Rated 2 out of 5 by bettypal Loved BJU Heritage Studies up until now
I am a BJU Press cheerleader, however, we are not loving history 7th grade. It was like the tide changed and all that we come to know and love changed. My son, who loves history, is not enjoying this years curriculum. He says that it is not because of the topic, (he loves history) it is because it is just hard to follow. I, the mom, am finding that the information, yet colorful and modern, lacks what previous years had in organization. The workbook and tests seem to have a discord with the text. We are just underwhelmed.
October 1, 2013
Rated 4 out of 5 by PCSPrincipal Biblical material, poor tests
Written by the Middle School History Teacher at the request of PCS's Principal: The textbook is well crafted, with a very thorough scope of history and a balanced, thoughtful, Biblical presentation. The chapters, however, try to cover too much too fast, packing a great deal into chapters and underestimating the time necessary for absorption. Part of this is the inherent difficulty of the class itself. Trying to cover so much important information from all around the world in one year of study is incredibly ambitious. The best solution for future editions would be to include more time into the 6th grade curriculum so that World History doesn't need to cover quite so much. The 6th grade curriculum doesn't fill an entire year for many classes, and could cover more of the material in first few chapters of this book. The layout makes this edition look much more like a modern, higher education textbook, but has removed many of the visuals that most intrigued students in the past. There are many new, helpful visuals in this edition as well, though. The biggest stumbling block in this curriculum is the test that BJU creates. I say this because I've had the same problem with the 8th grade history tests. All too often, the tests focus on testing students' knowledge of minutia within the chapter, things that weren't important but are simply test-able details. The emphasis on test-making seems to be creating a test that can be most easily graded, with an immense amount of True/False and Multiple Choice questions, only a few Fill in the Blanks, and only on rare occasion anything like a Short Answer question. Most of the questions don't test anything of lasting importance, and the format doesn't encourage the kind of learning that will stay with the students any longer than a week. The students can't study well for a test that gauges such specific recall abilities, and the tests do not show whether they've grasped the Main Objectives stated in the Teachers Edition of the book. For 8th grade, I've given up using the BJU tests and have created my own that focus more on Short Answer/Essay questions (requiring answers of anywhere from 10 to 35 words) based on my reading of the chapter and the Objectives laid out in the Teachers Edition. I'm planning on doing the same now for 7th grade as well, and advising my principal to cease purchasing test booklets from BJU for 7th and 8th grade.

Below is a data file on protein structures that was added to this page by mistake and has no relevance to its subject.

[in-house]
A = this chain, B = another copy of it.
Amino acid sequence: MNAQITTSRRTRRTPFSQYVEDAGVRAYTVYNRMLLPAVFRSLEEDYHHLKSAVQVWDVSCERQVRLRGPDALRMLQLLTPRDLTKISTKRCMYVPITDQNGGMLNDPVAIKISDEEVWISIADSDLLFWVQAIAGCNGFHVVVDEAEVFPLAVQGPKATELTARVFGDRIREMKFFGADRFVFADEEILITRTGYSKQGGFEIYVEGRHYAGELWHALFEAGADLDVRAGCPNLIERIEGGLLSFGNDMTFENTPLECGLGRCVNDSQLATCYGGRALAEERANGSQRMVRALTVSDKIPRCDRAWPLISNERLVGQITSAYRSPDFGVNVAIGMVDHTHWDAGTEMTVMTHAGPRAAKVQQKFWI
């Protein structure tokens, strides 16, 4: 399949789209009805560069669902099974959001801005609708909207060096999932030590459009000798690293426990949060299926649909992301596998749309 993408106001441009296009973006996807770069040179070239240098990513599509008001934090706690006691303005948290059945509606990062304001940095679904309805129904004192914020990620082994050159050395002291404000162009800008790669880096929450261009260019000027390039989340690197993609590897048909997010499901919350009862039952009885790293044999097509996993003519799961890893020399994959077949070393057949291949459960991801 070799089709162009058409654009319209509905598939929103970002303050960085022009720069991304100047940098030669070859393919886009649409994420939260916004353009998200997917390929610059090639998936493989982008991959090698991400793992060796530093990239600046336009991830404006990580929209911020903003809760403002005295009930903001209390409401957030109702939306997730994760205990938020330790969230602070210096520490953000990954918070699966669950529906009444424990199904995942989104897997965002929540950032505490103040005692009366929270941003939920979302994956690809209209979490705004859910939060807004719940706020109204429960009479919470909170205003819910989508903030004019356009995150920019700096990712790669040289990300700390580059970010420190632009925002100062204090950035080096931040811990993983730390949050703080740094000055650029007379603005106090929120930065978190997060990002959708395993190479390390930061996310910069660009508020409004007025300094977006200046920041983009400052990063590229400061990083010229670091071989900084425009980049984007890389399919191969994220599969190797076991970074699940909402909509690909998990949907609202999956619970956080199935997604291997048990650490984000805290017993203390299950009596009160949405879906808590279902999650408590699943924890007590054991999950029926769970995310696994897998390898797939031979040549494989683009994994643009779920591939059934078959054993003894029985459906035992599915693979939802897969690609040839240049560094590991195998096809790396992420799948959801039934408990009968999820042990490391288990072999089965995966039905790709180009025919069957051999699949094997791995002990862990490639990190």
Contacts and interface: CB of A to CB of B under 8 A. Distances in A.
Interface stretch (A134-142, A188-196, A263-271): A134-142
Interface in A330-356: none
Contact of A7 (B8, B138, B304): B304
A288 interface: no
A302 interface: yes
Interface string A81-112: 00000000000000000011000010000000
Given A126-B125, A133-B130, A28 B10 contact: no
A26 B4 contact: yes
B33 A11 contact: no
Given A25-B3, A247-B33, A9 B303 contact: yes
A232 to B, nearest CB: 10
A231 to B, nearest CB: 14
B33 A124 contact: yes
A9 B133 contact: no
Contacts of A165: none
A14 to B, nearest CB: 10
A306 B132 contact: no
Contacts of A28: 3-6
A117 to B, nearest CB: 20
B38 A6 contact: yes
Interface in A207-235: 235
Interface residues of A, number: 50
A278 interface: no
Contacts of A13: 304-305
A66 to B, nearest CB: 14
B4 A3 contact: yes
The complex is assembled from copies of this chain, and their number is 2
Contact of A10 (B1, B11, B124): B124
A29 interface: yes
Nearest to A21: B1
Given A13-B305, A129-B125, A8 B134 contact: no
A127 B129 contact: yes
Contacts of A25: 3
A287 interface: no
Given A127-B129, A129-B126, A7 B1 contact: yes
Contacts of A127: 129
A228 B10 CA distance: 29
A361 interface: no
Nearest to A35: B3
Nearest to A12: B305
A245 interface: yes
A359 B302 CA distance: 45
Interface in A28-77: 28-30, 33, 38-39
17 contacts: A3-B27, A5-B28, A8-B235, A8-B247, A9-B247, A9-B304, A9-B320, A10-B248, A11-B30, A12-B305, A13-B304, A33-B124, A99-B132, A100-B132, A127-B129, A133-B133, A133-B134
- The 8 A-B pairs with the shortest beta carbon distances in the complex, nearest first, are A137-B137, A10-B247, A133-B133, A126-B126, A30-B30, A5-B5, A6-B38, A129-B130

October 6, 2013
Rated 3 out of 5 by wstricklandkids Good Information - Tests don't seem to blend with text
Although we are enjoying the material taught in the World Studies text, the tests do seem very abstract in places. I have noticed that 50% of the tests aren't even found in the study guiedes or end of section reviews. As a matter of fact, the test questions are sometimes one line statements that don't seem to be emphasized at all in the text. This is misleading to the student. I find myself having to add to and subtract from the tests to get a fair assessment of what my child was taught from the chapter. This is surprising, because we have used this curriculum for years.
September 10, 2013
Rated 3 out of 5 by CSAOwls Tests Do Not Coincide With Textbook
My students and I have been frustrated with how the tests do not seem to match up to what is in the textbook. The tests sometimes ask for information that has not even been discussed. I have taught my students to look for the bold words, the extremes (largest/smallest) and I have resorted to giving open book tests as the questions seem to focus on insignificant details.
April 4, 2013